Journal, Day 37
Tuscaloosa, AL & New Orleans, LA / Gillian Conoley
Poetry Bus rolled into New Orleans at 6 pm. On the bus: Travis Nichols, Joshua Beckman, Matthew Zapruder, Michael Zapruder, Tonya Foster, Carrie Comer, Liz Hughey, Sierra Nelson, Valzhyna Mort, Brent Hendricks, Linas Phillips, Bill Wesley, Gillian Conoley stretched out in all forms of sleeping bags, under pink streaks of sky. Cypress trees ravaged and still piercing bits of clothing. Slowly poets tumbled out into gray French Quarter morning. Haunted, half the population of the city beginning to stir. Mournful atmospheric condition.
Thanks to painter Jan Gilbert and filmmaker Kevin McCaffrey, we had a three hour tour of Katrina devastation. Emotionally wracking. Miles and miles of destroyed homes, cars, trees. With no recovery in sight. Reading at Contemporary Art Center in one hour. More details tomorrow, during the six hour trek to Houston.
Exhausted travellers, with poetry in our hearts, for the city that time forgot, the city Bush denied. Reading tonight will be one of sorrow I imagine, though rich, given this group . . .
more to follow—sorry to be brief—will make it up to blog readers tomorrow!
Reading in New Orleans was great. Bus readers: Tonya Foster, Carrie Comer, Valzhyna Mort, Matthew Zapruder, Joshua Beckman, Carrie Comer, myself.
But let’s go back to Tuscaloosa for a moment, if only in our minds. Reading was at Bama Theatre, a movie theatre downtown. Large crowd of maybe 60-70 people, extremely attentive, kind, warm, happy to see the Poetry Bus. Robin Behn and Kate Bernheimer extraordinarily generous with their time, hospitality, good will. Reading occurred in the lobby, wafts of concession stand popcorn, bright lights, Art Deco patterned carpets, rows and rows of seats. Audience appeared to be mostly students, though there were some people who peered through the plate glass windows and came in—the advantage of having a reading visible from the street.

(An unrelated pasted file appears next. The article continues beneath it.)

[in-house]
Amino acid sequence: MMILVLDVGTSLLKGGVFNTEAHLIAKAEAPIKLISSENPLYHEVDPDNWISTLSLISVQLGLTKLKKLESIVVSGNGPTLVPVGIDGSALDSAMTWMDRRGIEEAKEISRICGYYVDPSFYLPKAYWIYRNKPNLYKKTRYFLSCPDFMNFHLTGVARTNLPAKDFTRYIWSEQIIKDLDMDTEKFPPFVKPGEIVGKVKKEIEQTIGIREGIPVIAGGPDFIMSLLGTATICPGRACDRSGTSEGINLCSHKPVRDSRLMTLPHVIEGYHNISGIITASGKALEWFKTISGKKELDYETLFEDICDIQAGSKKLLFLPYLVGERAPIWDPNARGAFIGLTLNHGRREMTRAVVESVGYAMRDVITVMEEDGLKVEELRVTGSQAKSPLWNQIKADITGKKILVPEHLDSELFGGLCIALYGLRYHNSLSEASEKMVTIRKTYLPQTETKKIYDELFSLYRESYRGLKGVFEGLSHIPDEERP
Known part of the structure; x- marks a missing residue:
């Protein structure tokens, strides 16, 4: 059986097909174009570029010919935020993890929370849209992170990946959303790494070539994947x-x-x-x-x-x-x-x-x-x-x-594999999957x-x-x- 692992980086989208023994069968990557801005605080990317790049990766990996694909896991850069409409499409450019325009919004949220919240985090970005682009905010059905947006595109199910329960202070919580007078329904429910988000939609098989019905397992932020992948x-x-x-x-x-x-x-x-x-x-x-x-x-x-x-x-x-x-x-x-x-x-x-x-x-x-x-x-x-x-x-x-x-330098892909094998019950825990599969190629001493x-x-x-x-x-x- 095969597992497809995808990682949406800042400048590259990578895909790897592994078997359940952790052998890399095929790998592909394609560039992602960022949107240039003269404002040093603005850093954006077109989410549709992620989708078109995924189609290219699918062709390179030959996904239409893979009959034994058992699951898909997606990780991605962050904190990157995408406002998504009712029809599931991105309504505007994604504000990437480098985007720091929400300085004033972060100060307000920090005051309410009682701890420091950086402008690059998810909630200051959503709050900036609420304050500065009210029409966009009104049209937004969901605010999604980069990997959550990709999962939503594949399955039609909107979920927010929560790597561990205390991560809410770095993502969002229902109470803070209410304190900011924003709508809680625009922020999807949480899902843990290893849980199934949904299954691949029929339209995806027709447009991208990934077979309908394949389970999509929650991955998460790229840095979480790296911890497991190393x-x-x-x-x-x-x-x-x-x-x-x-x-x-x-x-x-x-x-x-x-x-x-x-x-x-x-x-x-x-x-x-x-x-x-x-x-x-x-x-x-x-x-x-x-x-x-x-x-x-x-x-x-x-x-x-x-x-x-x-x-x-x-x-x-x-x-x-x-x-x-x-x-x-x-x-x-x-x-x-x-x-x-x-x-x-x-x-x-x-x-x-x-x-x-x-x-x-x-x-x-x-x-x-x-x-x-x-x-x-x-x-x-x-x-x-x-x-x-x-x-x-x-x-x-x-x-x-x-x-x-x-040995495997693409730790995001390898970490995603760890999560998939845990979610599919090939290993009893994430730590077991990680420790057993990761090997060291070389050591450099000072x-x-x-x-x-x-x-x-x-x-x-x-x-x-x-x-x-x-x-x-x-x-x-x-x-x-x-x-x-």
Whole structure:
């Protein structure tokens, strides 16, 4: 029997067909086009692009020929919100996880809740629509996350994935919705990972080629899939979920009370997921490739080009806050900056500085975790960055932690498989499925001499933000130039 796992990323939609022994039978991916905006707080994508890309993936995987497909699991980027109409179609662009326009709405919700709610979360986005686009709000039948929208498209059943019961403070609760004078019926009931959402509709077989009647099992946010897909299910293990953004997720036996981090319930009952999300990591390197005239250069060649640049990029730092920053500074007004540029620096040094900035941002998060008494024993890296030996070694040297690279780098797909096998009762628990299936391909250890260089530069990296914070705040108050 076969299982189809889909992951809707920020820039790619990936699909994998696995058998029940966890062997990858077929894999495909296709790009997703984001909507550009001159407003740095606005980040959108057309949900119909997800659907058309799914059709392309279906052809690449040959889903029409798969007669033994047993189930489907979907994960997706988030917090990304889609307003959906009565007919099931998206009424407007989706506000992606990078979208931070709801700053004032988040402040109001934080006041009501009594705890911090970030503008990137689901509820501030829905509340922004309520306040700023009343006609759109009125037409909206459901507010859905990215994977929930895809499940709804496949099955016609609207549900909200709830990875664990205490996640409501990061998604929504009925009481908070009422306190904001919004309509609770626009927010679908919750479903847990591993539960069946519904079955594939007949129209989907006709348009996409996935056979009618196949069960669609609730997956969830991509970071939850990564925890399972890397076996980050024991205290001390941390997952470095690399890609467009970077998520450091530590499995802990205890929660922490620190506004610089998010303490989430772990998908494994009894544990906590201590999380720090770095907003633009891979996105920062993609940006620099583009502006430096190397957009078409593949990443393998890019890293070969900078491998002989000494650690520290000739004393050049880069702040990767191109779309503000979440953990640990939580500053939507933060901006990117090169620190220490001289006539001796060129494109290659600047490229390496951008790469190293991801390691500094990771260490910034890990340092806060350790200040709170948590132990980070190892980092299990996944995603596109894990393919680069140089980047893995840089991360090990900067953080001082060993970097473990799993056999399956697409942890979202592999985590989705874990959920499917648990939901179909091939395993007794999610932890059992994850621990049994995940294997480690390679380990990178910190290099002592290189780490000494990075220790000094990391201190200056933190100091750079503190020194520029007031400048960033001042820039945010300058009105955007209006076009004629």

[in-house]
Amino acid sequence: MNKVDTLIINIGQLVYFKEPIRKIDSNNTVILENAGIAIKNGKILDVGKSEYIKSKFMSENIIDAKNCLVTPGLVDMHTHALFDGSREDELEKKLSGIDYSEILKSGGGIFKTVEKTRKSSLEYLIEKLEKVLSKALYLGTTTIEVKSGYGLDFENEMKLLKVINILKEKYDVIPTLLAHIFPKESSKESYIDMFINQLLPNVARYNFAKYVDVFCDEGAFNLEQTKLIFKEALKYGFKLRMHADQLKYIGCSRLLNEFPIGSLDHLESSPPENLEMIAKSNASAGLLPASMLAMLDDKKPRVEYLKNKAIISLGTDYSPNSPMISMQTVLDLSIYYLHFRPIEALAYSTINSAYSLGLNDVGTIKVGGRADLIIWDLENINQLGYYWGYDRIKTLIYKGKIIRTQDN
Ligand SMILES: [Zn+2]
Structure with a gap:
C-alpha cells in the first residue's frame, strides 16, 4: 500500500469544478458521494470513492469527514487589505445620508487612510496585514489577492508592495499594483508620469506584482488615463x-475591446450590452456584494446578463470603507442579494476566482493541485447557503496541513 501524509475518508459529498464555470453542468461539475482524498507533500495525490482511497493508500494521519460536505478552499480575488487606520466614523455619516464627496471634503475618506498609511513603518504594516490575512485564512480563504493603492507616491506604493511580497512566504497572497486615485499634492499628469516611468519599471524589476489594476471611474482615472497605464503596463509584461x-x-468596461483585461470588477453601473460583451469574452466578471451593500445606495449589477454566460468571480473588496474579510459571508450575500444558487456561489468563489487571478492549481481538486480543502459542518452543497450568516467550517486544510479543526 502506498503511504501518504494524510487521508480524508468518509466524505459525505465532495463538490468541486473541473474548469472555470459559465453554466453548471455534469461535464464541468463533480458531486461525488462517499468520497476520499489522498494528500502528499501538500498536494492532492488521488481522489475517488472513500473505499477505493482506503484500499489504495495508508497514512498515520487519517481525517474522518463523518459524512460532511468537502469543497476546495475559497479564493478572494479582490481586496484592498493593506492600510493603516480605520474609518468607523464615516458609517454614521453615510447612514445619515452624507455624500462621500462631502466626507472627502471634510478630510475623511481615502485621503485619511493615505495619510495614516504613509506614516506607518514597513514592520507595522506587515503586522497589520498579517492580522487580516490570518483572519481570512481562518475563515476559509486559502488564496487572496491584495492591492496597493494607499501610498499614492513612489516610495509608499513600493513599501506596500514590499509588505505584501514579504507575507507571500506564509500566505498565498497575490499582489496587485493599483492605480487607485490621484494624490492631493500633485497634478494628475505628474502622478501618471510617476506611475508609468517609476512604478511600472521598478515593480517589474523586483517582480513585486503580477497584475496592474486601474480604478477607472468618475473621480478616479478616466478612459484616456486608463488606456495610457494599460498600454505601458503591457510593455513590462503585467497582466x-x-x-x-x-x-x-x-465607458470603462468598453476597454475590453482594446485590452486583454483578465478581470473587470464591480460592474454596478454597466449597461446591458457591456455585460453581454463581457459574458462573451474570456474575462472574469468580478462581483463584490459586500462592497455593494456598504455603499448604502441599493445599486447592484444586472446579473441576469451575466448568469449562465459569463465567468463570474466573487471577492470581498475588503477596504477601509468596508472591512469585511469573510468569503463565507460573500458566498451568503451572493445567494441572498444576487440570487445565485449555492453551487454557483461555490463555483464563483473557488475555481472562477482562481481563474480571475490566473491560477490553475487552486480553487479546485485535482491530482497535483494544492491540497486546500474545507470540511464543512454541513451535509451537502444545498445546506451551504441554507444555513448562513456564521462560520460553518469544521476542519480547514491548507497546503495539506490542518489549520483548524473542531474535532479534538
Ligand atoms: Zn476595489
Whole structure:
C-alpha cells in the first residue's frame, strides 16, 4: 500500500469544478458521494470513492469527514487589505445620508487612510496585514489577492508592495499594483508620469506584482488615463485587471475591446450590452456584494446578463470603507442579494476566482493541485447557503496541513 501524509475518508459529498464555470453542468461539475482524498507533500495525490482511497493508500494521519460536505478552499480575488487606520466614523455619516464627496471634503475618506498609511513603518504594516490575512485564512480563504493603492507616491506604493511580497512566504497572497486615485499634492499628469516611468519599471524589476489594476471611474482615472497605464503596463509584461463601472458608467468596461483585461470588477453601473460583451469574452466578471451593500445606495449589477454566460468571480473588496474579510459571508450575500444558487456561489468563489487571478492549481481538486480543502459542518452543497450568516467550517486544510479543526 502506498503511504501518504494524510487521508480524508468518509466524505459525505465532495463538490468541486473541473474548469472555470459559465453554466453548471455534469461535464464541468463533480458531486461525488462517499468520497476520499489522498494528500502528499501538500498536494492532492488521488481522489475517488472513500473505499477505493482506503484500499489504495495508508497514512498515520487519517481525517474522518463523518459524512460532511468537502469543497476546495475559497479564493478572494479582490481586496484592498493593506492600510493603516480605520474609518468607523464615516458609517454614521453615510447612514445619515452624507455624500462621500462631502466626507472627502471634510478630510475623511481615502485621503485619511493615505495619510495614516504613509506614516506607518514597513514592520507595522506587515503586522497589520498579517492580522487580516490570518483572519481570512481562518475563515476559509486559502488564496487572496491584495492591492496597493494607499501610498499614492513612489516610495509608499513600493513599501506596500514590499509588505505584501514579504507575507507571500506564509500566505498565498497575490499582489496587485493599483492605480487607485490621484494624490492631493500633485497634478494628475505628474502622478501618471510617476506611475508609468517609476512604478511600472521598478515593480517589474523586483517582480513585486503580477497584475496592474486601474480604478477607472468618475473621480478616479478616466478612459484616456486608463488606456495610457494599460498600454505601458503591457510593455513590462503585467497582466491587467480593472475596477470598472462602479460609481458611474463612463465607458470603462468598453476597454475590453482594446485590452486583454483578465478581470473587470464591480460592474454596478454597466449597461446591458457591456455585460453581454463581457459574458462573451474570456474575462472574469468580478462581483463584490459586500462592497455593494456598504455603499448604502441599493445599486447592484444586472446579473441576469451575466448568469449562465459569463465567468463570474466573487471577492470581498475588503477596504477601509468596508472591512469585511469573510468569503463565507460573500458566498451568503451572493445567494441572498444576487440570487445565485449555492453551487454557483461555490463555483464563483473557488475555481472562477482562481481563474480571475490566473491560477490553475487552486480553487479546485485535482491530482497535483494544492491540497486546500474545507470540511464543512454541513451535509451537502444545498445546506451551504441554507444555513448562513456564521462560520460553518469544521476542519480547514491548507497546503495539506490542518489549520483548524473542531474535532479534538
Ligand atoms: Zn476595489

Travis Nichols just leaned over across his laptop and said, “Hey, Gillian—did you call Tuscaloosa a hellhole?” “Yes, I did.” But this is ok with Travis. One gets the sense that most things are ok with Travis. I like hellholes. I was raised in a hellhole. If a college town is going to be a college town, the only thing that is going to save it is to be a bit of a hellhole. Tuscaloosa succeeds in this—at least the downtown does. Strong waft of barbecue carbonated with exhaust fumes down the main street. A few abandoned stores lining the streets, providing relief from the occasional fancy restaurant. Who could ask for anything more? Tuscaloosa is a nice relief from the typical American overdone commodity town. Ok, I’m not apologizing for the hellhole comment. Love it or leave it.
New Orleans is difficult to write about. People should go there. The devastation is far more than can be imagined. Thousands and thousands of homes spray painted with the coded symbols the National Guard developed: first the date, say 9/13, then the code for the particular National Guard unit (NE for New England, CA for California, GA for Georgia, then a numeral for number of bodies found, NA for no animals found, A preceded with number for animals, TFW for toxic flood water. Outside exterior of many homes have a black, charred line, strangely, remarkably straight—this is the flood line, how high the water came up. Thanks to our guides painter Jan Gilbert and filmmaker and producer Kevin McCaffrey, we drove through the most devastated neighborhoods-- the 9th ward, the poorest, African-American neighborhood in the city; East New Orleans, a middle class, largely African-American neighborhood; Lakeview, middle-class, largely white neighborhood; Mid-city, middle to upper middle class mixed neighborhood; Bayou St. John; Gentilly; Upper ninth ward; and on. FEMA trailers parked in some driveways. In the most devastated of the devastated: ninth ward, Lakeview, upper ninth ward, very few trailers, mostly just wracked house after house after house. Some houses crashed into trees. Some houses crashed into other houses. A lot of stoops, no houses. Clothes still caught in cypresses. The cypresses bent and pointed like in a Hawthorne novel. The oaks though were the strangest—strong, intact, gorgeous. Magnolias completely gone. And don’t even try to think about the crepe myrtles or oleanders.
In the French Quarter, however, the oleanders are in full bloom, a few balconies here and there are ornately floridly planted. Many storefronts still closed. Many decorated to look as though they are open, but then there’s a sign that says, “We’re Coming Back!” Or “We’re Opening November 1 . . . October . . . soon . . . soon.” A mournful, guarded optimism.
I take it back about everything being ok with Travis. Travis just called someone whose name I didn’t hear “a bourgeoisie, incestuous, self-indulgent, incorrigible fake, yet he is there.”
Linas Phillips the filmmaker on board loves Herzog, Cassavettes, and Les Blank. If you live in the Bay Area you can see his film on Sunday at 7:15 at the Mill Valley Film Festival. Also somewhere in Northampton soon . . . Web site: linasfilms.com. His film is about walking from Seattle to Los Angeles to meet Werner Herzog. Does he meet him? You’ll have to see the film to find out.